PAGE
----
Currently, transportation-related activities are responsible for 33.2 million tons of emissions, contributing 19.3 percent to Vietnam’s yearly emissions.

If these numbers continue to grow in line with overall emissions, Vietnam’s transportation sector would be responsible for almost 290 million tons of CO2-eq by 2050.

As such, adjustments will need to be made to the industry in order to ensure its long term survival and to meet Vietnam’s international commitments.

Vietnam’s greenhouse gas commitments

At the 26th Conference of the Parties to the United Nations Framework Convention on Climate Change (COP26), Vietnam pledged to achieve net zero emissions by 2050.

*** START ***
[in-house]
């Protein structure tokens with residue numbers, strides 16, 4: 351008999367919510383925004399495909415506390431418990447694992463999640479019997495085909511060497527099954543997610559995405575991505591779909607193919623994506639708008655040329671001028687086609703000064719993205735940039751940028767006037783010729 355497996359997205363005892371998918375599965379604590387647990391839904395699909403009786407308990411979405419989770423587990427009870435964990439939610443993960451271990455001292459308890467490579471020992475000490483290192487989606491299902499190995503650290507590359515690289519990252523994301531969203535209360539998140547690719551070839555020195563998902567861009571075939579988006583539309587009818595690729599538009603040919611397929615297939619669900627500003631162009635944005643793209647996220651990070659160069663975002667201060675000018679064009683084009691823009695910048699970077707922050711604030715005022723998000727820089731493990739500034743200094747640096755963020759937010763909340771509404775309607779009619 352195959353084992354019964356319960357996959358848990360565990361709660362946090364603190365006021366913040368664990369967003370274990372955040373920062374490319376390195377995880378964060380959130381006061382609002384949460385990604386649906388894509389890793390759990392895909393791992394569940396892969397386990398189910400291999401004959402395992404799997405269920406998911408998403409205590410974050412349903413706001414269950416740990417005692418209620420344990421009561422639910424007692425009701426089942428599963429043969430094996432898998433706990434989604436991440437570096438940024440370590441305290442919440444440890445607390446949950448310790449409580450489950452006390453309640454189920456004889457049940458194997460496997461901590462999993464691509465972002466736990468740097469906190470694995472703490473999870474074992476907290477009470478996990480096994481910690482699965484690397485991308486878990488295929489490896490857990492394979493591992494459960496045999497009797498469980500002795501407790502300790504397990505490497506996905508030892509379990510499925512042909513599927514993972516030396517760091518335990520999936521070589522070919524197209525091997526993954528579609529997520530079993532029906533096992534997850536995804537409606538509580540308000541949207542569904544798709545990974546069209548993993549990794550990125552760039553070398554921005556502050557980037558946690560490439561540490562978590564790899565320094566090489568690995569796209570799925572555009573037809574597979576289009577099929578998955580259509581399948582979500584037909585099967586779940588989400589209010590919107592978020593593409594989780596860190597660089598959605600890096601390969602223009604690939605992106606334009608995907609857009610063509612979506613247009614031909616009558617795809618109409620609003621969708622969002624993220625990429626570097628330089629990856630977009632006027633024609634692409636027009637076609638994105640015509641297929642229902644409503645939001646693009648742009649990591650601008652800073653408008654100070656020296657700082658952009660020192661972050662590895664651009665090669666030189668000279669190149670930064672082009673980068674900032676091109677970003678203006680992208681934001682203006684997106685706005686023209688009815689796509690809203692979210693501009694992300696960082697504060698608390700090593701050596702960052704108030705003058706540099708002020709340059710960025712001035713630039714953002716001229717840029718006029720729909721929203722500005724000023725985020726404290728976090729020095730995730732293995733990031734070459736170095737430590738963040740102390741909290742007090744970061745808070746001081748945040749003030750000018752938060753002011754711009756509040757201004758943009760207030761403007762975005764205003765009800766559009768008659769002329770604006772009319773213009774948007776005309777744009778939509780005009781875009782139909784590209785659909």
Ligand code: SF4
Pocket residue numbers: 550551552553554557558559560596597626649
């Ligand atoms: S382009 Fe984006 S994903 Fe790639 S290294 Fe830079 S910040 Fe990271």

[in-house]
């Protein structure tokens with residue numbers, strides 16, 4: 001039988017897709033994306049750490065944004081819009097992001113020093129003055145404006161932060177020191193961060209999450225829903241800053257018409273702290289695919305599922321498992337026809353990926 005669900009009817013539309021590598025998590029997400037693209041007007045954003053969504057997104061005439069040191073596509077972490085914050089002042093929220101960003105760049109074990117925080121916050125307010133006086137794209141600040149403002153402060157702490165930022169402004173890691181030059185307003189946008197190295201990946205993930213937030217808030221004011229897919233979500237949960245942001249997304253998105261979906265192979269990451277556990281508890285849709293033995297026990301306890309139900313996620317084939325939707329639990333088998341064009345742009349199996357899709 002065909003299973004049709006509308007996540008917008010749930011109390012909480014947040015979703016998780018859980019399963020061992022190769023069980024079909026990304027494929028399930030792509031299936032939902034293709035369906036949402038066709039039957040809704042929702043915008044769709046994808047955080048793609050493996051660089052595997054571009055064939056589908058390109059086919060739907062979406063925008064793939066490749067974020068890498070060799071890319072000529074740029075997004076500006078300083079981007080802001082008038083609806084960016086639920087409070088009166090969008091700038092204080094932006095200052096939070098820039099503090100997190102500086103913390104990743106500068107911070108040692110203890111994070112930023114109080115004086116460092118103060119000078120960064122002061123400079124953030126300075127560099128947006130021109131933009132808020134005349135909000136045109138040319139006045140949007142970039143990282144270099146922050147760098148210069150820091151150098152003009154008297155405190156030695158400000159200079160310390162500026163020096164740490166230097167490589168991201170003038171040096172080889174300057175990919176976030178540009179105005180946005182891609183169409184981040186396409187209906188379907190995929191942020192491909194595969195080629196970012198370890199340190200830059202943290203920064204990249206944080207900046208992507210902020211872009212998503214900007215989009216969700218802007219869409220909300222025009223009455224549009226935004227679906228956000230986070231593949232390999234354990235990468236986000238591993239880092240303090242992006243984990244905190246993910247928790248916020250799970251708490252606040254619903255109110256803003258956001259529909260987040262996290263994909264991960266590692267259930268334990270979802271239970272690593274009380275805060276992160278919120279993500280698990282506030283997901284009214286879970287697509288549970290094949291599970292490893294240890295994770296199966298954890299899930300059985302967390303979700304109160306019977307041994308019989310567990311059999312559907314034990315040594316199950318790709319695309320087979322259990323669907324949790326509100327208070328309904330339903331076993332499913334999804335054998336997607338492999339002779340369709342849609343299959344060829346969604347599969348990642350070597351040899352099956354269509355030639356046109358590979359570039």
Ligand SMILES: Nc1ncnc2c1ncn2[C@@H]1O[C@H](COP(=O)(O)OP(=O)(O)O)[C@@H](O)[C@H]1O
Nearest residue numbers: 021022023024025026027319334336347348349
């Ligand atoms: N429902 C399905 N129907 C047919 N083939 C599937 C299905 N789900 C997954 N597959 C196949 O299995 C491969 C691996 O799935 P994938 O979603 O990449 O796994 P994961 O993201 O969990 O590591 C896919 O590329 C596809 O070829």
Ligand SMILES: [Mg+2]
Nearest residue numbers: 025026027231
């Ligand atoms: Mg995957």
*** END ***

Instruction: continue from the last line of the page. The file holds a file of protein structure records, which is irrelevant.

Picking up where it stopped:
The Vietnamese government has taken a number of steps toward meeting this commitment. These include:

  • Completing the National Strategy on Green Growth;
  • Completing the National Strategy on Climate Change; and
  • Issuing Decree 06/2022/ND-CP on the reduction of greenhouse gas emissions and protection of the ozone layer.

(See also: Vietnam’s COP26 Net Zero Commitment One Year On)

Particularly in the transport industry, Vietnam’s Deputy Prime Minister Le Van Thanh, in July, approved an action plan to reduce carbon emissions in transportation.

As part of the government’s strategy, there will be a steady decrease in the production, assembly, and import of fossil-fuel powered vehicles.

Adapting to change in the delivery industry

In the domestic CEP industry, a number of enterprises have shown significant efforts toward reducing their carbon emissions.